Worldwide, at least 10 countries have confirmed cases of swine flu.

“All countries should immediately activate their pandemic preparedness plans,” Dr. Margaret Chan, the W.H.O. director general, said at a news conference in Geneva. While she emphasized the need for calm, at times she spoke as if a pandemic had already begun, saying, for instance, “W.H.O. will be tracking the pandemic.”

Now, I’m not a health professional but this seems to me to be a bit of overkill.  I have to assume they know something I don’t but so far there is no evidence that this particular flu triggers a cytokine storm.  A cytokine storm is what killed young healthy adults during our worst flu pandemics in the past.

triggering a cytokine storm

triggering a cytokine storm

It was the reason for half of the deaths from the 1918 Spanish Flu and was also present in the Asian and Hong Kong flus of the recent past.  A cytokine storm is what happens when your immune system takes it up to 11.  The body sort of overreacts to the flu antigen and unleashes an immune system “storm” of macrophages, T-cells and other elements of its defense arsenal.  Usually, there is a feedback mechanism that tells the body to stop before it goes too far and damages itself.  In cytokine storms, the feedback mechanism doesn’t get triggered so the body can’t stop itself.  People with robust immune systems, where all systems are ‘go’ most of the time, tend to fare the worst during these kinds of flu.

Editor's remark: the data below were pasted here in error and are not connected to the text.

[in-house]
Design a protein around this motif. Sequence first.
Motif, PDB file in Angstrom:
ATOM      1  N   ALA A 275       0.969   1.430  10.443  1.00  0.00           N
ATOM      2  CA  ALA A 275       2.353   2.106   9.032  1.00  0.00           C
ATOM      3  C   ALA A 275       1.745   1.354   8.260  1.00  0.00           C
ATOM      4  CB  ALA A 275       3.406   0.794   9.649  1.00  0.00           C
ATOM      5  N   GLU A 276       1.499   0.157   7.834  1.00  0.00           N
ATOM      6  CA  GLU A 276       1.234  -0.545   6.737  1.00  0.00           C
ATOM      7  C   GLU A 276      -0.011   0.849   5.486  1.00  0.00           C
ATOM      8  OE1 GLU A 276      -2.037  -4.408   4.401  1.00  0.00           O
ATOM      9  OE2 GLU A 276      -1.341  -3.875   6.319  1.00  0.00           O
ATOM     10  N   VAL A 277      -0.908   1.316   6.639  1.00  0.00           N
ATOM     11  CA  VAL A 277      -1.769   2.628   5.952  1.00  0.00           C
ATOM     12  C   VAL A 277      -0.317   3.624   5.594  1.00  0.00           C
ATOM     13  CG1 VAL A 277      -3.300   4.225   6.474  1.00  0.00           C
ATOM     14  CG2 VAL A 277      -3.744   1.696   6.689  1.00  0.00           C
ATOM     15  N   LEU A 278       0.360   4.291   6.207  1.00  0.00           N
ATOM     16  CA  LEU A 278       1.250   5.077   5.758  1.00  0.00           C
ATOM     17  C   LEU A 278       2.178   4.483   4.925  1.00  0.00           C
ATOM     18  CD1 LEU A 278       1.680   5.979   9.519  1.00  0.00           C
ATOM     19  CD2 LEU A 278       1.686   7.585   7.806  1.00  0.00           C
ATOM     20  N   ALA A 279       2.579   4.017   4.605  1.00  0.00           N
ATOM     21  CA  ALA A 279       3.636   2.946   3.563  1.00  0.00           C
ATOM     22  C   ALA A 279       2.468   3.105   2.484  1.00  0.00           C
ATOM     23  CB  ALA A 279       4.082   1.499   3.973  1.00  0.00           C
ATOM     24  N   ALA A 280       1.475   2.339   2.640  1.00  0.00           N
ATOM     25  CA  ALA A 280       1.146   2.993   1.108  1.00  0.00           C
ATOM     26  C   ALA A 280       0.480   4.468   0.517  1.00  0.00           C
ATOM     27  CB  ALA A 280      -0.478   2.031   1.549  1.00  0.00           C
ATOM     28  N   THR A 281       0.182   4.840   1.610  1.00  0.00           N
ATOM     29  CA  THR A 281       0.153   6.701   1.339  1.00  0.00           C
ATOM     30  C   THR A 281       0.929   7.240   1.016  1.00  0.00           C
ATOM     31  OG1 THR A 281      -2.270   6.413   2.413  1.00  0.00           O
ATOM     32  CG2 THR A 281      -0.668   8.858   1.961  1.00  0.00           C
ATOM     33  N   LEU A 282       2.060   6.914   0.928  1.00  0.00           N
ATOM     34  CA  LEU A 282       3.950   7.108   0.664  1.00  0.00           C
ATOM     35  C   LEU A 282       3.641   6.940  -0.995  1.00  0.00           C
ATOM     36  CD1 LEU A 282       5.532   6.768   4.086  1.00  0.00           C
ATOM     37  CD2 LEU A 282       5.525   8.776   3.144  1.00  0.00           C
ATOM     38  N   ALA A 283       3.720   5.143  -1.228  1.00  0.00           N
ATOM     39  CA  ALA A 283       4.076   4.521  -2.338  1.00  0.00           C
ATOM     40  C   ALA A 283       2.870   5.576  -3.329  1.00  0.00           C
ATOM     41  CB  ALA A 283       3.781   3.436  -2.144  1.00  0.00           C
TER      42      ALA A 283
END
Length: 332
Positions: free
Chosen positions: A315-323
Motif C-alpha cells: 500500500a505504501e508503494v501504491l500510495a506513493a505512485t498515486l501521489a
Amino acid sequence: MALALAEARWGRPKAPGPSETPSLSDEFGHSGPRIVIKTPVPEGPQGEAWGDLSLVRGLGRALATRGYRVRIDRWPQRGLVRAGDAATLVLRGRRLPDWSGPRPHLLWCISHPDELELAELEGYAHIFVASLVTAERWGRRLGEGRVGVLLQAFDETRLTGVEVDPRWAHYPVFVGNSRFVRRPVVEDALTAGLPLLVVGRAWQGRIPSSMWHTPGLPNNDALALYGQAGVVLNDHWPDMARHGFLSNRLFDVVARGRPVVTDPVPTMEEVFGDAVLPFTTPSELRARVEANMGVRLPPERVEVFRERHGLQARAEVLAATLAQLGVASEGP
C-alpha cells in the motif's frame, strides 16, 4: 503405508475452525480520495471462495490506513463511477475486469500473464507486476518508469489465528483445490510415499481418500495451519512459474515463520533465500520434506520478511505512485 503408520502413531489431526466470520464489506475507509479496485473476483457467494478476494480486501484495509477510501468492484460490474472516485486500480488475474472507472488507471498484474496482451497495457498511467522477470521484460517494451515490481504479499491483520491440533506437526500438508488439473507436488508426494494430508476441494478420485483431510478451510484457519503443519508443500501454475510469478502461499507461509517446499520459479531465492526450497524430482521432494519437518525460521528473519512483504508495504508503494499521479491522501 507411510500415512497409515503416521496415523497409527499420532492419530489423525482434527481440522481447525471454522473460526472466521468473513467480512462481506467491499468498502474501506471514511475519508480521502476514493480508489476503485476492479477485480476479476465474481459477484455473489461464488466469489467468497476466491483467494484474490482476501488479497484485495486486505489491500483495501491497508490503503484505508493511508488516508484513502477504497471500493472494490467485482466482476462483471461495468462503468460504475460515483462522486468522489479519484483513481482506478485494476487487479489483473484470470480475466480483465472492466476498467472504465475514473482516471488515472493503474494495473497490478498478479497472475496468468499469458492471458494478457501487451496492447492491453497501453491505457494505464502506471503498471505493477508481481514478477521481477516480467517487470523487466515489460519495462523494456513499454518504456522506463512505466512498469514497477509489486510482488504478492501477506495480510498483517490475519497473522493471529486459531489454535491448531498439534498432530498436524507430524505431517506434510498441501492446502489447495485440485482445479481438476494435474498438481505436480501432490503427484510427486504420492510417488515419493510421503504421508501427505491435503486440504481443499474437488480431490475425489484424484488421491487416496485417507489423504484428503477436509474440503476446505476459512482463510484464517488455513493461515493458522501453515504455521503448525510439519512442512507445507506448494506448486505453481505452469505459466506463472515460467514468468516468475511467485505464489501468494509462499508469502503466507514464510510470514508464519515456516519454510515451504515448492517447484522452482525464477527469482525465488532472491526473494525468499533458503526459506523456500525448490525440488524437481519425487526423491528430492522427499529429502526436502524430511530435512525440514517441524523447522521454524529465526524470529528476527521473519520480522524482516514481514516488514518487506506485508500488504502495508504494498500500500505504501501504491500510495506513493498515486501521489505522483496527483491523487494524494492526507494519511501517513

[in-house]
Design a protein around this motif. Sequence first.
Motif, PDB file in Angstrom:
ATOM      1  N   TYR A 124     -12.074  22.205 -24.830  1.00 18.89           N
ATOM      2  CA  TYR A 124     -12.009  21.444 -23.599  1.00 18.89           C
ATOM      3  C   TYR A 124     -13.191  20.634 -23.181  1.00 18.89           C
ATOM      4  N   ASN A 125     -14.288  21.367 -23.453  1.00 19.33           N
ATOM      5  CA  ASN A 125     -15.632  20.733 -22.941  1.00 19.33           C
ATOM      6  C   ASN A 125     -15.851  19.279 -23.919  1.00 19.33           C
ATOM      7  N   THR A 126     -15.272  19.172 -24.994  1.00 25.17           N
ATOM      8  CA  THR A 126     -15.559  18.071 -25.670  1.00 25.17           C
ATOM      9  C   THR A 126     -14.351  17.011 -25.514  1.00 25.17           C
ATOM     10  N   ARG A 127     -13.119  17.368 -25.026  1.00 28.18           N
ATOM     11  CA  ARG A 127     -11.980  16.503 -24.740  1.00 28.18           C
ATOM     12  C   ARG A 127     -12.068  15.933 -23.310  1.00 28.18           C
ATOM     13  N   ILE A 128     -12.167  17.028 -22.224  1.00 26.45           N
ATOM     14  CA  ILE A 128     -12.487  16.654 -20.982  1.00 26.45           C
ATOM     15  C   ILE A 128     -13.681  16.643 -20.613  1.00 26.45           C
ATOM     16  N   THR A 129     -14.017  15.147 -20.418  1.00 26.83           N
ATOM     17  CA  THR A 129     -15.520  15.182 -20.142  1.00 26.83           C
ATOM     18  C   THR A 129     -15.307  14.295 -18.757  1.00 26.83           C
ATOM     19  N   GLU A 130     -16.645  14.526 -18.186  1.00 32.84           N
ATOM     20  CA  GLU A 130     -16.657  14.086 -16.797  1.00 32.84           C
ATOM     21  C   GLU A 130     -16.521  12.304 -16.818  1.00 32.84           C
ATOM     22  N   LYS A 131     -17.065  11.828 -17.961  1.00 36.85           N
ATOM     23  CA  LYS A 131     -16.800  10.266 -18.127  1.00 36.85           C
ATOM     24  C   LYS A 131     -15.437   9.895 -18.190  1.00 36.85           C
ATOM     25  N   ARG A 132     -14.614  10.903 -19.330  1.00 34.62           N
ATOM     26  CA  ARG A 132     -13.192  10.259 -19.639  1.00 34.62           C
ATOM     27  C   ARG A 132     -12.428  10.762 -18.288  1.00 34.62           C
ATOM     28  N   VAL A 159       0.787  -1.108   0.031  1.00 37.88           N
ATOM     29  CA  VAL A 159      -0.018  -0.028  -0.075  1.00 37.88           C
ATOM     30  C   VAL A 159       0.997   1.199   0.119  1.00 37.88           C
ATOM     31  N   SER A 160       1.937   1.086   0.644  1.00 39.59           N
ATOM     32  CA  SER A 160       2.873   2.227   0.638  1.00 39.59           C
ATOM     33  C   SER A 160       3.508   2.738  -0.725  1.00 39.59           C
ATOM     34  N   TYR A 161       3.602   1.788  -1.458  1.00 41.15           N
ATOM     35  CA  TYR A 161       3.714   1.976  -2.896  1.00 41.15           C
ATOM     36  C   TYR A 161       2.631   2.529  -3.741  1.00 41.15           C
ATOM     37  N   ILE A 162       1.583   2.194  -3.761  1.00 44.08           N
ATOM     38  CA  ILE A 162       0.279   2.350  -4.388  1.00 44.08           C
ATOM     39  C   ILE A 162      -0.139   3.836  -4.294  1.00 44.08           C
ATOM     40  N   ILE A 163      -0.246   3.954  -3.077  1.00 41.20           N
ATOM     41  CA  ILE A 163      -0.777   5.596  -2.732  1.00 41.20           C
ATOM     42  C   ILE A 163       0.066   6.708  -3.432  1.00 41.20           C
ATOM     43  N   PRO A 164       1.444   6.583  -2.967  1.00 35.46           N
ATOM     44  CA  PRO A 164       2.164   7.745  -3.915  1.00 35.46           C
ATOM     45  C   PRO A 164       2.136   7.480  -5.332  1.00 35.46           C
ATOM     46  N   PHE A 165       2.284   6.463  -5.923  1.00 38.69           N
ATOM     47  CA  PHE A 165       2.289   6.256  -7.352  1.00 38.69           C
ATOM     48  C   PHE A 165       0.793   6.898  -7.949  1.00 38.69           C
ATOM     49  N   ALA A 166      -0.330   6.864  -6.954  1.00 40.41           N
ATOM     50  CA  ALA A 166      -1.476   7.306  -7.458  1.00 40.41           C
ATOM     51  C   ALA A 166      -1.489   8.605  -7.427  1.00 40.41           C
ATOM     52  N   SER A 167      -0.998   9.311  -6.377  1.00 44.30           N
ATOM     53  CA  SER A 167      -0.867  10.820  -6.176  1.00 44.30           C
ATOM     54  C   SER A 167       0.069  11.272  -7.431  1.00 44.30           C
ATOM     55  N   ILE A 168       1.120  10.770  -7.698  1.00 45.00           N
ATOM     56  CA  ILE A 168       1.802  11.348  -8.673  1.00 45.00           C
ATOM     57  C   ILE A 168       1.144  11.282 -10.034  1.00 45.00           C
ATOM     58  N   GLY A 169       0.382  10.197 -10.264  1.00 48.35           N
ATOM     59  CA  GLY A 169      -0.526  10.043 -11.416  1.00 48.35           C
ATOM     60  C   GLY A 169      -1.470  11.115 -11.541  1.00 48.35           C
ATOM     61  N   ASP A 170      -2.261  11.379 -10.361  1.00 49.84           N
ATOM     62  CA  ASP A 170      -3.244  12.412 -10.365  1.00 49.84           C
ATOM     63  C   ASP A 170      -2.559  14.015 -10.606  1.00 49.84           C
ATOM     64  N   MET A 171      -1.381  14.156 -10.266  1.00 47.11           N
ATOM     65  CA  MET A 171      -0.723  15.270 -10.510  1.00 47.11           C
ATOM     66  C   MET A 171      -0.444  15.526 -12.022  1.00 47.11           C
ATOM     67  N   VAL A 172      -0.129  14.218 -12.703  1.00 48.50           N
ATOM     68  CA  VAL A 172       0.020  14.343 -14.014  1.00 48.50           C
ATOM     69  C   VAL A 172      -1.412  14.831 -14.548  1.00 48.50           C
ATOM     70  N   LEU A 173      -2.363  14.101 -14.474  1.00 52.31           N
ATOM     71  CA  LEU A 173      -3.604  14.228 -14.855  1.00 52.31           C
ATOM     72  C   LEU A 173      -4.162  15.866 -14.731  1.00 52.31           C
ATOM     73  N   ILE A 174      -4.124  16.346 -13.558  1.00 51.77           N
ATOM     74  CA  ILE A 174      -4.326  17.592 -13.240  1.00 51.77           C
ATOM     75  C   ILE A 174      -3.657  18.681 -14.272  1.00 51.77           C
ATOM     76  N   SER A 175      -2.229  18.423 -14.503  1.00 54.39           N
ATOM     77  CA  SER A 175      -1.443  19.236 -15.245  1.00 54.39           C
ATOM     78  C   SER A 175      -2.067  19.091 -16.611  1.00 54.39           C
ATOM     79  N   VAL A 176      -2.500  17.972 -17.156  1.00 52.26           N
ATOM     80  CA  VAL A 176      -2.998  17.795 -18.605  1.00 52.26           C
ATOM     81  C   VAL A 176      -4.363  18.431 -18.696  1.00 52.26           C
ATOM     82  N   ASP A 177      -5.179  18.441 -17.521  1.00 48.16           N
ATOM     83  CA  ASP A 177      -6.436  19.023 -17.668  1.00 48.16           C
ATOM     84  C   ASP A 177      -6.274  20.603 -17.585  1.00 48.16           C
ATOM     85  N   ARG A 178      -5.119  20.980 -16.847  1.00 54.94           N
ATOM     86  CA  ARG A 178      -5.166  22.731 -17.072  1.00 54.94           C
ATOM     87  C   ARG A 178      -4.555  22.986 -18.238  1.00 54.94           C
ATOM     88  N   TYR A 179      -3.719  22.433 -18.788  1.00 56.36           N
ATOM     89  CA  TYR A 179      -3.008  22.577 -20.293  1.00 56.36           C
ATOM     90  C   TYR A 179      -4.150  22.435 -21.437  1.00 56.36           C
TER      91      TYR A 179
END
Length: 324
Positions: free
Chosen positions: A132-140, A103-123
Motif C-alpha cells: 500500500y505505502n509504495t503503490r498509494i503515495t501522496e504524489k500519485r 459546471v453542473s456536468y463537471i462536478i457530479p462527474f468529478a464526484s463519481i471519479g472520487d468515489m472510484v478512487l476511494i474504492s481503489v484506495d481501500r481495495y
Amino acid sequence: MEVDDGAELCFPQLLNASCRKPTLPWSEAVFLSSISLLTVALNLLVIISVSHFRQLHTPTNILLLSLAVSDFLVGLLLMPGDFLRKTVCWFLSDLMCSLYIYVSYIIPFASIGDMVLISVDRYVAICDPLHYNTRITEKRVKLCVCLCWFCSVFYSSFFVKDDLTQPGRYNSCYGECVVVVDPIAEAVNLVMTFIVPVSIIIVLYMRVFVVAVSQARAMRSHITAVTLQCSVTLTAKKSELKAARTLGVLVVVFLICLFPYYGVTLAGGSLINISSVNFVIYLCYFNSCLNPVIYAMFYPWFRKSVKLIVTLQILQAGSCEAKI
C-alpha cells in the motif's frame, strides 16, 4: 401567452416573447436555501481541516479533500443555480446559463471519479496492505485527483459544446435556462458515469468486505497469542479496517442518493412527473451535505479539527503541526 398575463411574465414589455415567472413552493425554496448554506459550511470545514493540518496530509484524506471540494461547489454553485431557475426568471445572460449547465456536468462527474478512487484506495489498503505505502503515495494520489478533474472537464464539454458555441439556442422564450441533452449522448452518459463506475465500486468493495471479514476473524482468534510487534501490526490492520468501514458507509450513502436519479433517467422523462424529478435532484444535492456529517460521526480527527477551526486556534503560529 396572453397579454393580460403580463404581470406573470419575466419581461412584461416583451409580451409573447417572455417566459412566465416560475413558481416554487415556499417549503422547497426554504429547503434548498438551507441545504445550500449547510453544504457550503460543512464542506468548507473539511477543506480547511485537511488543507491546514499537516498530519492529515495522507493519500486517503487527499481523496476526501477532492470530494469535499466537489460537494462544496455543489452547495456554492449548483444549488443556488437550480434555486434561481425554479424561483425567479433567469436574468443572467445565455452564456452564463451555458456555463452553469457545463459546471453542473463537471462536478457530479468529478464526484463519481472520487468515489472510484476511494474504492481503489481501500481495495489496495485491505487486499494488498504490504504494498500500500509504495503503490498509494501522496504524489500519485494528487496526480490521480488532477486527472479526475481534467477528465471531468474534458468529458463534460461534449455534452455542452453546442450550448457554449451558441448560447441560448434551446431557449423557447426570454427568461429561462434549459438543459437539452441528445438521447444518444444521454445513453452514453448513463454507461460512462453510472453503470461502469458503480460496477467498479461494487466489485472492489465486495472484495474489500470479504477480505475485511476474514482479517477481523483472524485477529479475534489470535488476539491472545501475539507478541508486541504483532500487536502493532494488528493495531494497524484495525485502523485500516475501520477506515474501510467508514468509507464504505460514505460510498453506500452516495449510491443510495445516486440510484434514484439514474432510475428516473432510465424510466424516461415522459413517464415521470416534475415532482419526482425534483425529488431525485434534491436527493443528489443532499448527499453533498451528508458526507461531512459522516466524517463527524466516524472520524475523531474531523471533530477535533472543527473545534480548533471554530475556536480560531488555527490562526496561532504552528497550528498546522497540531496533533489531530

But here’s the thing.  As recently as yesterday, the CDC bulletin on Swine flu makes no reference to a cytokine storm.  It just looks like a normal seasonal flu with the expected symptoms.  The people most at risk are the typical populations: kids under 5, senior citizens, people with compromised immune systems.  Nevertheless, Mexico is closing up shop, going on siesta and cancelling tickets to their soccer games.  It seems a bit extreme.  The only thing I can think of that would provoke this kind of reaction is that the vaccine makers didn’t see this one coming and they don’t have a vaccine ready.  So, we’re all kind of vulnerable- to a typical flu.  If you get it, you can expect to be sick and uncomfortable.  You probably won’t be able to take the cheap anti-virals to make it less bad.  And if you fall into one of the high risk groups, it could be serious.  But other than that?  It’s not like 1918. There won’t be body laden carts driven by lackadaisical smartasses crying, “Bring out your dead!”